But a recent JD Power study reported reusables present a strong branding opportunity:

Nearly 45 percent of upscale store customers and 30 percent of midscale customers say that they would like their department store to offer a designer shopping bag that is reusable, which presents an opportunity for stores to provide an environmentally friendly offering. Shoppers 40 years and younger tend to be more interested in reusable shopping bags, compared with their older counterparts.
The bottom line? There are plenty of ways to promote reusables -- environmental education efforts, giveaways of reusables, and financial incentives with teeth. But as Yogi Berra once said, a nickel ain't worth a dime anymore.


Googla Monster said...

Yes, there definitely needs to be a fresh approach to encourage shoppers to use reusable bags (or other carrying containers). One reason I love using the self-check line at the Harris Teeter at Pentagon Row is that I get to "bag" my own groceries. That is to say, most of my purchases go into my rolling backpack unbagged. The recording directs me to put my purchase in a bag, but I set them on the bag platform. Some types of items that are wet I do put in the provided bags; however, I do reuse those bags for trash. When I go to a regular checkout I just give up and let the checkout people bag my groceries because it's so hard to communicate that I want to bag them myself.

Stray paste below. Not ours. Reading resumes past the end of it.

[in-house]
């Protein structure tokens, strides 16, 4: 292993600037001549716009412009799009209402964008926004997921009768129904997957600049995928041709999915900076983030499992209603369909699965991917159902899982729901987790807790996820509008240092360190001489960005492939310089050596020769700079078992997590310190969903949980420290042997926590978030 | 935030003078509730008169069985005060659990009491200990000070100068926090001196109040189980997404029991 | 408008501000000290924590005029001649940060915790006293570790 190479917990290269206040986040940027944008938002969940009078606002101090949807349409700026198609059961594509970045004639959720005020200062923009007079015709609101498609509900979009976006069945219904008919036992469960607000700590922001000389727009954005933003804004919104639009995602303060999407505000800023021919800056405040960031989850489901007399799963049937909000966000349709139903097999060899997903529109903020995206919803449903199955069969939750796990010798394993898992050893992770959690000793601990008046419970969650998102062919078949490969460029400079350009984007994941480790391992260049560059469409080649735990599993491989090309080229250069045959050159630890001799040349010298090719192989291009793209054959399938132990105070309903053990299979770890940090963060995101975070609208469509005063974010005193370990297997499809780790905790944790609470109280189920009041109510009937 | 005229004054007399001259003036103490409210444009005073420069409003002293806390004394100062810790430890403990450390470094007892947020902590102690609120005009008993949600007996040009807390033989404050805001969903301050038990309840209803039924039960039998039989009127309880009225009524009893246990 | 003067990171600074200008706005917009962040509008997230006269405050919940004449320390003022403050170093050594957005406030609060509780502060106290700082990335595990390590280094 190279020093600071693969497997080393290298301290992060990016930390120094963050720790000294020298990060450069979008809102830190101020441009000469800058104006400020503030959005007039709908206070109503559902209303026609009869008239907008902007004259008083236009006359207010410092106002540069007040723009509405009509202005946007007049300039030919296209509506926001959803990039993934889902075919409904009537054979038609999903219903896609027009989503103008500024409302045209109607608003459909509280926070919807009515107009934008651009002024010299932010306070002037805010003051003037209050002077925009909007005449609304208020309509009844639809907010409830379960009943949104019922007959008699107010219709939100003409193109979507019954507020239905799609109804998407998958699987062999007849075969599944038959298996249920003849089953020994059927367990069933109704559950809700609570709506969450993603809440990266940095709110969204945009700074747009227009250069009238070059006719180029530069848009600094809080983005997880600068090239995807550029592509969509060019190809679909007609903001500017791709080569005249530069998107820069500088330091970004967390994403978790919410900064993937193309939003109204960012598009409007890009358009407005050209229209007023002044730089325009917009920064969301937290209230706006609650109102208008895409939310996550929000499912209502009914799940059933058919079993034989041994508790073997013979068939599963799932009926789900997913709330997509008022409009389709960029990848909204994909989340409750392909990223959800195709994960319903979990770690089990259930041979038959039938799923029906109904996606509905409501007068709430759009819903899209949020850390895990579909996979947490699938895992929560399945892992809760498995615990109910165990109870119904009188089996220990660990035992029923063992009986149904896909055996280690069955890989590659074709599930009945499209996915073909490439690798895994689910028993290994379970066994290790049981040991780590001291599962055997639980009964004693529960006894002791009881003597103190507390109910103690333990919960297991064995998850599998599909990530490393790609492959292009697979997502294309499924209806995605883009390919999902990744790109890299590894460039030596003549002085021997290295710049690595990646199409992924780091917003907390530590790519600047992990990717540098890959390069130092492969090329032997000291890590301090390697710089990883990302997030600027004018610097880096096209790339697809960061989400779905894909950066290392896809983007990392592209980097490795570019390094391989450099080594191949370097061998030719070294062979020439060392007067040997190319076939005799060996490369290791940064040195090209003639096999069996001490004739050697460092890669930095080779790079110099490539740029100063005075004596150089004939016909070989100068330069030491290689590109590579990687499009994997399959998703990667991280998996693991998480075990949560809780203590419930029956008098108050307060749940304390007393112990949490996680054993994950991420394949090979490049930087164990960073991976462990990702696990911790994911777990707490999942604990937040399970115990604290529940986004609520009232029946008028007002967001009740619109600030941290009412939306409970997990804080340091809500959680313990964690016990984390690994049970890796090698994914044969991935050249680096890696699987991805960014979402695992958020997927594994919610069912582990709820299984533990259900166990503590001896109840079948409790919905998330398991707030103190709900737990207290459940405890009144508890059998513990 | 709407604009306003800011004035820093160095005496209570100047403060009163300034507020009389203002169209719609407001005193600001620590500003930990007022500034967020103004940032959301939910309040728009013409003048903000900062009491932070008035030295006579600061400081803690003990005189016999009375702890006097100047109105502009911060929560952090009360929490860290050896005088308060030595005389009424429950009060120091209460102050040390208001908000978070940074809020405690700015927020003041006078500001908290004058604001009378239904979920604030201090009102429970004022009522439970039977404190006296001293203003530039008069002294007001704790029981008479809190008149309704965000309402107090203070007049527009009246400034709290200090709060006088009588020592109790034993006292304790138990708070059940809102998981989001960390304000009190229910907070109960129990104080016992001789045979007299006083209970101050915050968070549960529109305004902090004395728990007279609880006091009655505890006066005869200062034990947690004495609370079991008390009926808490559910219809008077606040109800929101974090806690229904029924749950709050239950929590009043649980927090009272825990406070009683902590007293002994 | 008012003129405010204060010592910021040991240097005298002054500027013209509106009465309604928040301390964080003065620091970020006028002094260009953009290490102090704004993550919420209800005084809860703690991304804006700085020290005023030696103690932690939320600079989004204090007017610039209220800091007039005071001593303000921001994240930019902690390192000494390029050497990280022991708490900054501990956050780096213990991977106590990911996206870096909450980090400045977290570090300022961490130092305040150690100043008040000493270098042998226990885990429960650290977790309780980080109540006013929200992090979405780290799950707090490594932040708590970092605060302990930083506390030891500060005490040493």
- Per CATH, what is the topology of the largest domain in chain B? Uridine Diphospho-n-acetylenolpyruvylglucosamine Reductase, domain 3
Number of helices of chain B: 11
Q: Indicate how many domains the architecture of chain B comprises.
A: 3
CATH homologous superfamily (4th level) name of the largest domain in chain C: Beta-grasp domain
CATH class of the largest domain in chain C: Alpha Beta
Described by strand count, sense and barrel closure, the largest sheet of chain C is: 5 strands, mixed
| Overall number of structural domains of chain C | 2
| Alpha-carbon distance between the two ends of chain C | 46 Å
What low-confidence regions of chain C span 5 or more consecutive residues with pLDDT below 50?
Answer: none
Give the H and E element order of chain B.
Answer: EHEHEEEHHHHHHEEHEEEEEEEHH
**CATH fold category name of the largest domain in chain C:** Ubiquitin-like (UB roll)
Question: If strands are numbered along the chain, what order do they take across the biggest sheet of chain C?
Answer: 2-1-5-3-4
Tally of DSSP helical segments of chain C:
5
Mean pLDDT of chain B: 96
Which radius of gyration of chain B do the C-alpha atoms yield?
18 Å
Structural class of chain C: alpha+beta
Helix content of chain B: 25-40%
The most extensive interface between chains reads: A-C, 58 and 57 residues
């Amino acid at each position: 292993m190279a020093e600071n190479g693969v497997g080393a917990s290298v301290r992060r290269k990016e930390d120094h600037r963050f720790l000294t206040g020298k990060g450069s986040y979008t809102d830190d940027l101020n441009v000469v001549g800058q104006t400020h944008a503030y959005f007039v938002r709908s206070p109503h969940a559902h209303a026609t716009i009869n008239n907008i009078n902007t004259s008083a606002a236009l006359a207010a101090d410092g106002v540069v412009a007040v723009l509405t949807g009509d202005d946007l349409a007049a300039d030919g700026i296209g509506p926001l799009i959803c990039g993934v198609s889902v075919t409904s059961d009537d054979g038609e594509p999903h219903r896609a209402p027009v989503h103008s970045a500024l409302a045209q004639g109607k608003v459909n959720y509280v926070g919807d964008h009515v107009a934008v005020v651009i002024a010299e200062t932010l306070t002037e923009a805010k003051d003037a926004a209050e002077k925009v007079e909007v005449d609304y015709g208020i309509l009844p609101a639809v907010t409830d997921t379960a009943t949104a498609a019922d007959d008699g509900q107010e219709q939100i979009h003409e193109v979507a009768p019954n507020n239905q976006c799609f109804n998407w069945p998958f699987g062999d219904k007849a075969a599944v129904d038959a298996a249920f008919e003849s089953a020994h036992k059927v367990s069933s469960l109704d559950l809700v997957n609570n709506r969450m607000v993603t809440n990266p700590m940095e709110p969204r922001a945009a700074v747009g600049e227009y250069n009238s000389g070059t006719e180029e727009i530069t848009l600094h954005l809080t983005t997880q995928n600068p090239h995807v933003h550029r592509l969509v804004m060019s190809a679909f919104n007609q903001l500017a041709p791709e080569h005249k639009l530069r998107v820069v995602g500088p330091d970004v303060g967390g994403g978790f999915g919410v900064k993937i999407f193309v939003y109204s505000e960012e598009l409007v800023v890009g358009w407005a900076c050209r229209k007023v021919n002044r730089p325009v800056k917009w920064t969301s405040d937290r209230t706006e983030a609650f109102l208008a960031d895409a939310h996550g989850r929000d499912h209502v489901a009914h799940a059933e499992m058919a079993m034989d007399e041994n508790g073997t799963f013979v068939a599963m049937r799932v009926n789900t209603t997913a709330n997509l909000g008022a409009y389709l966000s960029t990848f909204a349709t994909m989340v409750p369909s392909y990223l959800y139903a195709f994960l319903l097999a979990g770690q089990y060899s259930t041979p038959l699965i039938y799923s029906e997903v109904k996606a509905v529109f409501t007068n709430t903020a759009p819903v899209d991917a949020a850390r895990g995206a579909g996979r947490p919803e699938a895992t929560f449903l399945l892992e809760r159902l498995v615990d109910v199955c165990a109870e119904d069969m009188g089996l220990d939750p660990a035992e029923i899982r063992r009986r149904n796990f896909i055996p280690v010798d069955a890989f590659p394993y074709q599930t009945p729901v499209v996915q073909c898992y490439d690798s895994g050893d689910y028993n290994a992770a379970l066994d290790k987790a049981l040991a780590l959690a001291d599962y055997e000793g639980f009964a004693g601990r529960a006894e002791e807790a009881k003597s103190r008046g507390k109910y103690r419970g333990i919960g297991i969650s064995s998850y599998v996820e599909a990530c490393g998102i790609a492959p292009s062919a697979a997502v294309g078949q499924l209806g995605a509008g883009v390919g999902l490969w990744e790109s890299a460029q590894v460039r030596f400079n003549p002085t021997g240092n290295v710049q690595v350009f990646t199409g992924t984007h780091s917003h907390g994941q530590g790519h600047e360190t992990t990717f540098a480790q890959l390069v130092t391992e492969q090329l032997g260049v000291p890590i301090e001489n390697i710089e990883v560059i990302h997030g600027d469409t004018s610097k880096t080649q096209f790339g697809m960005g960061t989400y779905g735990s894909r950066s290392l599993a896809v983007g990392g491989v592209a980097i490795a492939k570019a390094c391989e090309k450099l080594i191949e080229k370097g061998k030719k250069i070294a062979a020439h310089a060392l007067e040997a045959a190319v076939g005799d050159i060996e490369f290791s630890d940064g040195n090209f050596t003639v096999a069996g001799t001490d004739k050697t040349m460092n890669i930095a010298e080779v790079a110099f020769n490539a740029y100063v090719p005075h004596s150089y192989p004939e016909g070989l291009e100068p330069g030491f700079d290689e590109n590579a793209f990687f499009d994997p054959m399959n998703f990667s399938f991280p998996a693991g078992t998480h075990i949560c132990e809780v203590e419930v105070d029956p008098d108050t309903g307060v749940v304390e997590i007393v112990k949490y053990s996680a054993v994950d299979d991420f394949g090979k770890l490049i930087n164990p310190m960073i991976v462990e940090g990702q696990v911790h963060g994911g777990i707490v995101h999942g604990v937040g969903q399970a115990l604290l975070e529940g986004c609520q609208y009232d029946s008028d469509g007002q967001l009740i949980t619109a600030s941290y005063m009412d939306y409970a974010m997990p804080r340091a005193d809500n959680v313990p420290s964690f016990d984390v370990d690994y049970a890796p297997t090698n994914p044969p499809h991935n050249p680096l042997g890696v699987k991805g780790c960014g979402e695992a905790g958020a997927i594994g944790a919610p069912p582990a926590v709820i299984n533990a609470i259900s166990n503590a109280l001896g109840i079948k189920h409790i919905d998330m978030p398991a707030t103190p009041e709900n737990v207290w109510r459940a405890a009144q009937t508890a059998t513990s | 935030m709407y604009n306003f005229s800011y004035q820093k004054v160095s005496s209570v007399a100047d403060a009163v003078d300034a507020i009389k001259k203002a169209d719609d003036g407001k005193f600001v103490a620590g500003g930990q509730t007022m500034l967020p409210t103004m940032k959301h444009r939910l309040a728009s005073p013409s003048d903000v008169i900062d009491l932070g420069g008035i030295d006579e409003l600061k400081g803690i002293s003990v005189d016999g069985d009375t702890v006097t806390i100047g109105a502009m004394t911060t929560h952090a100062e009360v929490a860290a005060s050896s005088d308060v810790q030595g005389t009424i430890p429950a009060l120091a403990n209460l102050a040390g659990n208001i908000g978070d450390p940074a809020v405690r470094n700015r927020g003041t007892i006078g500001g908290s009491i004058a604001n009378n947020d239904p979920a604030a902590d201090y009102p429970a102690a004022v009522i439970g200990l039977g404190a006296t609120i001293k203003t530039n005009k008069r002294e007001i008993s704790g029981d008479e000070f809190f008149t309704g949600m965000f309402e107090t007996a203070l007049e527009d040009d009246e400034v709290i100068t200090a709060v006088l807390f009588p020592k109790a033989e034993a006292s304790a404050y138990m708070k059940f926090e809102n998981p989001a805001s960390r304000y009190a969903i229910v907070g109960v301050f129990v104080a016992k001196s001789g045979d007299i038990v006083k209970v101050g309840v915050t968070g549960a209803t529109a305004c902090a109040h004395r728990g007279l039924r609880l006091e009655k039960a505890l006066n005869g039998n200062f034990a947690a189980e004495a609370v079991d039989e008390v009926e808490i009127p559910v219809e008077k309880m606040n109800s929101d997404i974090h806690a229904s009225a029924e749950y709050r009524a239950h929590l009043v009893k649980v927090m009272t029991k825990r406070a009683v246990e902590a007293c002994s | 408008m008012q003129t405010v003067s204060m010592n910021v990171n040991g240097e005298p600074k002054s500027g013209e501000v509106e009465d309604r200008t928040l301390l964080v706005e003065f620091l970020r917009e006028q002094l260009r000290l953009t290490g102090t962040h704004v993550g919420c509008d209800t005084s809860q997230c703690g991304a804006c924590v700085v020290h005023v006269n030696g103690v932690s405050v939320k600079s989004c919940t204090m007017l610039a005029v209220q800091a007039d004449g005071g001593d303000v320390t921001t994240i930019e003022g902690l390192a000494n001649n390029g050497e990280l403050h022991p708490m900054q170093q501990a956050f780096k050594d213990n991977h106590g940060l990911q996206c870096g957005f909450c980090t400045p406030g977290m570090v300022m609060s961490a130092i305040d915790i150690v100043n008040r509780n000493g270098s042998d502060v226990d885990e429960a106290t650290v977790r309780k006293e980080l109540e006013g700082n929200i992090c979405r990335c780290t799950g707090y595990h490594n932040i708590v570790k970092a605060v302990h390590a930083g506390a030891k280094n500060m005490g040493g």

Charles said...

We bought Giant grocery bags years ago, and use them often.

But we also take plastic bags, which we either recycle back to the store, or use around the house in place of purchasing other bags.

I use them for wet clothes, for trash, for protecting things from the damp.

The best friend of the environment is an educated consumer. You can try to force people through monetary costs, or entice them with monetary incentives.

But if you can change their attitude, they will do what is right because they want to.

Remember the Aesop's Fable of the Sun and the Wind.